The use of sensory details in our writing is to to heighten the awareness of the setting. Helping the reader “see” is important, but adding the other senses builds onto the visual. Let me demonstrate with my own backyard.
I see my first roses budding. I see my sweet pea vines full of blooms. I look at my tall pine tree and other shrubs. Do you see those things too? Probably not. I can add color to the flowers and trees but it’s all still rather flat.
I breathe in the fragrance of the sweet peas, nothing like them in the world, I’m sure. That helps you to “see,” I hope, but even more would it help if I describe the fragrance, a sweet perfume that fragrance makers can’t quite copy. Roses have a different fragrance, and not all varieties smell the same. Standing under the pine tree taking a deep breath, reminds me of the mountain forests, one of my favorite places to visit.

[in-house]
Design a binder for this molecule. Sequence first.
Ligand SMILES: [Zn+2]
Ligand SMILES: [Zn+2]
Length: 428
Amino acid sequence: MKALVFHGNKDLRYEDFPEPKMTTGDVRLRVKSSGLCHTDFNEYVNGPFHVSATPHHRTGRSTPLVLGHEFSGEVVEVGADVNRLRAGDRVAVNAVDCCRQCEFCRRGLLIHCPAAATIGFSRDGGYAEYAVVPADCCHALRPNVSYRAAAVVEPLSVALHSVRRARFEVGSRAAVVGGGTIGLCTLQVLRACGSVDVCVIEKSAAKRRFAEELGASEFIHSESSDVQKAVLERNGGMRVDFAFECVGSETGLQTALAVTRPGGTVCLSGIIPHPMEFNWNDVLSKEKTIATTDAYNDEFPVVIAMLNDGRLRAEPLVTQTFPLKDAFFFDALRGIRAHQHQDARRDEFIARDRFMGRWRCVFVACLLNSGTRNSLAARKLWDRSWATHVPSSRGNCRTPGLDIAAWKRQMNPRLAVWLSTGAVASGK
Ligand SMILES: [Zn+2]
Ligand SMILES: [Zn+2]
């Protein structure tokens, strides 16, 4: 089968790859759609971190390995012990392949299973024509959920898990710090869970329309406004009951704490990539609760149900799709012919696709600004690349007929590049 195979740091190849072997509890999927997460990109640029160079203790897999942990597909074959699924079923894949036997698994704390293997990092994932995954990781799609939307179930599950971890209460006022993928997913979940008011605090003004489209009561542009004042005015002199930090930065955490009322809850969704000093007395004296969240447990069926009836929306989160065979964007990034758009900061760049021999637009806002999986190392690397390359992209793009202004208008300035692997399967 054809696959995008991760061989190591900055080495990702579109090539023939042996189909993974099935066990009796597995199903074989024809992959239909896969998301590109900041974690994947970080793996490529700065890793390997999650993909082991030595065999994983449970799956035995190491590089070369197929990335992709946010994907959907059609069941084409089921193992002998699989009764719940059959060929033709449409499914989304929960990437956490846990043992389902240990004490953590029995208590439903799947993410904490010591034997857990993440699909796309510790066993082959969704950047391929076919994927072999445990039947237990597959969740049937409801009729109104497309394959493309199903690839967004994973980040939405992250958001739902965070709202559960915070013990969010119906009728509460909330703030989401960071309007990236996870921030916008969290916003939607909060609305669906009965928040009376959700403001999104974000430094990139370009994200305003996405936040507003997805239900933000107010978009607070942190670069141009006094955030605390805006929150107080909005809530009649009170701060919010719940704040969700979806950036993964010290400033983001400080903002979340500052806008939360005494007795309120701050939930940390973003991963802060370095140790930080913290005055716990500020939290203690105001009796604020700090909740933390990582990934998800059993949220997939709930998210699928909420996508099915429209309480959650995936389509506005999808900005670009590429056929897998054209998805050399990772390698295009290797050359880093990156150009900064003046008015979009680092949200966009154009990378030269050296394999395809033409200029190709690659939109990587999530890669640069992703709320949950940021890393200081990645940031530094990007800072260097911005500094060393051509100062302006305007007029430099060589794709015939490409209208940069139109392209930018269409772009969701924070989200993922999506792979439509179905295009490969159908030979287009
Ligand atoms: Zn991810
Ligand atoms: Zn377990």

My ears are used to the freeway sounds since I am so close by, but the repetitive call of the mocking bird is my preference to concentrate on. The rather raucous scold of the blue jay is different yet. The mr-rp of the neighborhood friendly cat draws an extra scold from the jay.
Picking up a handful of dirt might not appeal to everybody, but it has a distinctly different feel from grass, doesn’t it? There–a small dove’s feather comes floating to the ground–a new visual. It doesn’t smell, and it made no noise, but it feels so soft. I often find a little feather in my yard. It always reminds me of God’s love for me and how He is always watching out for me.
I hope you can see my yard better now, and understand how important those sensory details are in settings.
Make a list of favorite sense details, such as the fragrance of yeast when making bread. I just made myself hungry!